The singer had planned to release a risqué song entitled "Lemon Squeezin' Daddy" but Lubinsky vetoed the idea in favour of "That Man", a humorous song about cheating which enabled Brown to switch from a deep bass on the verses to a wailing tenor on the chorus. After the bluesy "Is It True", his second Savoy single, he crossed over from the R&B charts to the Top 30 with "Don't Be Angry" in 1955.
Conceived as a ballad, the track became an infectious rocker under producer Fred Mendelsohn, who co-wrote the song with Brown and the New York songwriter Rose Marie McCoy. "Don't Be Angry" also opened with a gimmicky 'so l-l-l-l-l-l', a vibrato trick Brown had picked up from listening to foreign radio stations and which became his trademark.
"Every time I recorded, he [Lubinsky] wanted a l-l-l-l-l-l in it. 'There'll Come A Day', 'Apple Of My Eye', oh, Lord. He wanted l-l-l-l-l-l on everything!" said Brown.
"(My Heart Goes) Piddily Patter Patter", another McCoy composition, this time written with Charles Singleton, started life as the B-side of "There'll Come A Day" in 1955 but became the singer's second biggest hit when DJs flipped the record over (in 1990, it was included on the soundtrack to Cry-Baby, the John Waters film starring Johnny Depp).
Unfortunately, as was common throughout the Fifties, a cover by a white act, this time Patti Page, soon eclipsed Brown's own, much like a version of "Don't Be Angry" by the Crew-Cuts had caused Brown's original to stall at No 25 on the US pop charts earlier that year.
But he was established enough to go out on package tours presented by the disc jockey Alan Freed and featuring Big Maybelle, the Moonglows, Bo Diddley, Muddy Waters or Jackie Wilson, and even played the Apollo Theatre in Harlem with Louis Armstrong. "Oh, man, that was a kick, because I didn't know that was Louis Armstrong playing behind me until I looked back. That was him!" he recalled.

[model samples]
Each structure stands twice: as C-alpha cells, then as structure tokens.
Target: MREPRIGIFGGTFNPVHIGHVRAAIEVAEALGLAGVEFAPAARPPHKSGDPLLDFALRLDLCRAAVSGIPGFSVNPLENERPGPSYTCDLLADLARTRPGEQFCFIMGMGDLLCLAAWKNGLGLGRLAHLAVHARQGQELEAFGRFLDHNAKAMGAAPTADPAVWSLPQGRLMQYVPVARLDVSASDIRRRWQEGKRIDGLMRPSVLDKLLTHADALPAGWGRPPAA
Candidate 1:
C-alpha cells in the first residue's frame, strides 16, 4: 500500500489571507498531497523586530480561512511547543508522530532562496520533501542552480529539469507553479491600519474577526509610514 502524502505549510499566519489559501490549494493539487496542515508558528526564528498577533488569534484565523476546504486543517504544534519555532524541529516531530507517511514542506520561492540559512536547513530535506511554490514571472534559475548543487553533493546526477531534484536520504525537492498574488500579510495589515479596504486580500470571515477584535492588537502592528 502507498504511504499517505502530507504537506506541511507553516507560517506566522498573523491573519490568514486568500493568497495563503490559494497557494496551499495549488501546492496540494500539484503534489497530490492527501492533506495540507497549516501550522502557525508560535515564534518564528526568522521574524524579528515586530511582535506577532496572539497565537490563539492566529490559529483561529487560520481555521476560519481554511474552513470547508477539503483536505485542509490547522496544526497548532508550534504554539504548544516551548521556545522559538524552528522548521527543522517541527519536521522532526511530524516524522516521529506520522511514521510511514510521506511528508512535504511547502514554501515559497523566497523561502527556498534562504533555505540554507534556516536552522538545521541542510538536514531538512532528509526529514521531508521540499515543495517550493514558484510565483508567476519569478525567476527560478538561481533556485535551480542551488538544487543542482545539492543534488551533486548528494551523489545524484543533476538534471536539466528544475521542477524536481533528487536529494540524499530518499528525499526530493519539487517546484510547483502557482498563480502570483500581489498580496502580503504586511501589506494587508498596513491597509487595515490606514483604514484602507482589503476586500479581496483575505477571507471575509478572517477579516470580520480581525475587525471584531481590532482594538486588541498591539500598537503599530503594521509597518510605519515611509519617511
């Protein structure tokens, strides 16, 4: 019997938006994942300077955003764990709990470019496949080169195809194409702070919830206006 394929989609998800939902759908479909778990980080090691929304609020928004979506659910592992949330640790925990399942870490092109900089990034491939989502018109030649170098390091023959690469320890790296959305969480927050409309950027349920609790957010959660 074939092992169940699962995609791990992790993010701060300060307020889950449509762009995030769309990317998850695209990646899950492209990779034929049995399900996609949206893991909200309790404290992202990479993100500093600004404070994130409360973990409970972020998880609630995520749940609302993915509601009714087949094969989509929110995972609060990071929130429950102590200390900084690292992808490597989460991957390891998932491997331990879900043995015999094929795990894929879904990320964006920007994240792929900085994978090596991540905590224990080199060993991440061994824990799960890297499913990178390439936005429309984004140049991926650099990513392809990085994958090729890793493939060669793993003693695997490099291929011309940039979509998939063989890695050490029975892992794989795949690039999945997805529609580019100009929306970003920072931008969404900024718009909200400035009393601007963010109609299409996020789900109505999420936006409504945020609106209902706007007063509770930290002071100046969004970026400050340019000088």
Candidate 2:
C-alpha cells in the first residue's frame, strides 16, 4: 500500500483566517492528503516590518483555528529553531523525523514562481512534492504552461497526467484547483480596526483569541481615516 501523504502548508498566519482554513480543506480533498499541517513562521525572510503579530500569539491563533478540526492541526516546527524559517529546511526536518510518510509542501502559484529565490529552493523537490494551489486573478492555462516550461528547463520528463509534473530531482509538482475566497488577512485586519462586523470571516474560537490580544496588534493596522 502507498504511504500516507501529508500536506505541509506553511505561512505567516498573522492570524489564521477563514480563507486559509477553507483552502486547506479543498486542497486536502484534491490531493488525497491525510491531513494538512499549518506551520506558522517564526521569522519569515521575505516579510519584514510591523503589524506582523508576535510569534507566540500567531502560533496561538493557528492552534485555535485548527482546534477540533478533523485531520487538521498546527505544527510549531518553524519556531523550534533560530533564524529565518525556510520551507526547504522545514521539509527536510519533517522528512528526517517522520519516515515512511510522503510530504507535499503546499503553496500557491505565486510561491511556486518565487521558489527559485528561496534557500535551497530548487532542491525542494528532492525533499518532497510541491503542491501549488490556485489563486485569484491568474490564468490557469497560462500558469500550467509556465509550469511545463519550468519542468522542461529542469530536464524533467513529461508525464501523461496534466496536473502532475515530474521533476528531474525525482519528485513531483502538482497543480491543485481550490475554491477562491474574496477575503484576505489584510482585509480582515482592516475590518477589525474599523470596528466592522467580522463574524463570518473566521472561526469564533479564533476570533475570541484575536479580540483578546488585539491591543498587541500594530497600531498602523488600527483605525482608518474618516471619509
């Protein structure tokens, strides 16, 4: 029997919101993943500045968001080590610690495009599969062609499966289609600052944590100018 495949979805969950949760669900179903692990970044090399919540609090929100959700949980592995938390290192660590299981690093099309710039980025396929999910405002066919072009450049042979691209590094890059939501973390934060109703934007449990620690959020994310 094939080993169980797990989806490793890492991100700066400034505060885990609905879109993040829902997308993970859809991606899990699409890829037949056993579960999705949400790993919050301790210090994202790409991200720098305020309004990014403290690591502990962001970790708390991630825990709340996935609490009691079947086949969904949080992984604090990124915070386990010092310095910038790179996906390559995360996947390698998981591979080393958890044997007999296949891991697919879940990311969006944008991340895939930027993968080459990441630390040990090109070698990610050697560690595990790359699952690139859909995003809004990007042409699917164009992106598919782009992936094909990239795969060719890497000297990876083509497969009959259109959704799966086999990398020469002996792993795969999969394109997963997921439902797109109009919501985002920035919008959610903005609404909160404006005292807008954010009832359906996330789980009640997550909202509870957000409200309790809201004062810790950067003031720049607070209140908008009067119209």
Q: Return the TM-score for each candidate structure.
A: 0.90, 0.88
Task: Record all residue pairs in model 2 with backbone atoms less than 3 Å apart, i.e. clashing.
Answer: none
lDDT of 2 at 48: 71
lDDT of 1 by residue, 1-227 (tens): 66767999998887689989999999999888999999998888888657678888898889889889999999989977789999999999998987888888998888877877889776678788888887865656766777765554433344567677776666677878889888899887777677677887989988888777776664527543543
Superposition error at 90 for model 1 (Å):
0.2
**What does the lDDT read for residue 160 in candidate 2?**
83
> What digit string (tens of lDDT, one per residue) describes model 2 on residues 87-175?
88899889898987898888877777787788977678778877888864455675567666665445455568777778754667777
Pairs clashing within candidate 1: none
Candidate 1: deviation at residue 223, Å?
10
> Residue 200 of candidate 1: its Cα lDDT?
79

However, only three of his subsequent Savoy singles – "Little By Little" (1956), "It Don't Hurt No More" (1958) and "I Cried Like A Baby" (1959) – made any impact and, when his contract ended in 1963, Brown all but vanished from the scene, releasing a sole album in 1969 on the Elephant label.
In the mid-Eighties, European interest in the roots of R&B and rock 'n' roll brought him back out on tour and into the studio for several albums, most notably Tore Up (1984), Something Gonna Jump Out The Bushes! (1987) and more recently Long Time Coming (2007) recorded with Muddy Waters' guitarist Bob Margolin. Brown still performed occasionally and appeared in June at the Crawfish Fest in Augusta, New Jersey. He remained the consummate entertainer, wearing a suit and a fedora hat, wowing the crowds with the double entendre of "Lemon-Squeezin' Daddy". "I can't quit," he said. "I got the fever."
Napoleon Brown Culp (Nappy Brown), singer and songwriter: born Charlotte, North Carolina 12 October 1929; married (one son); died Charlotte 20 September 2008.Reuse content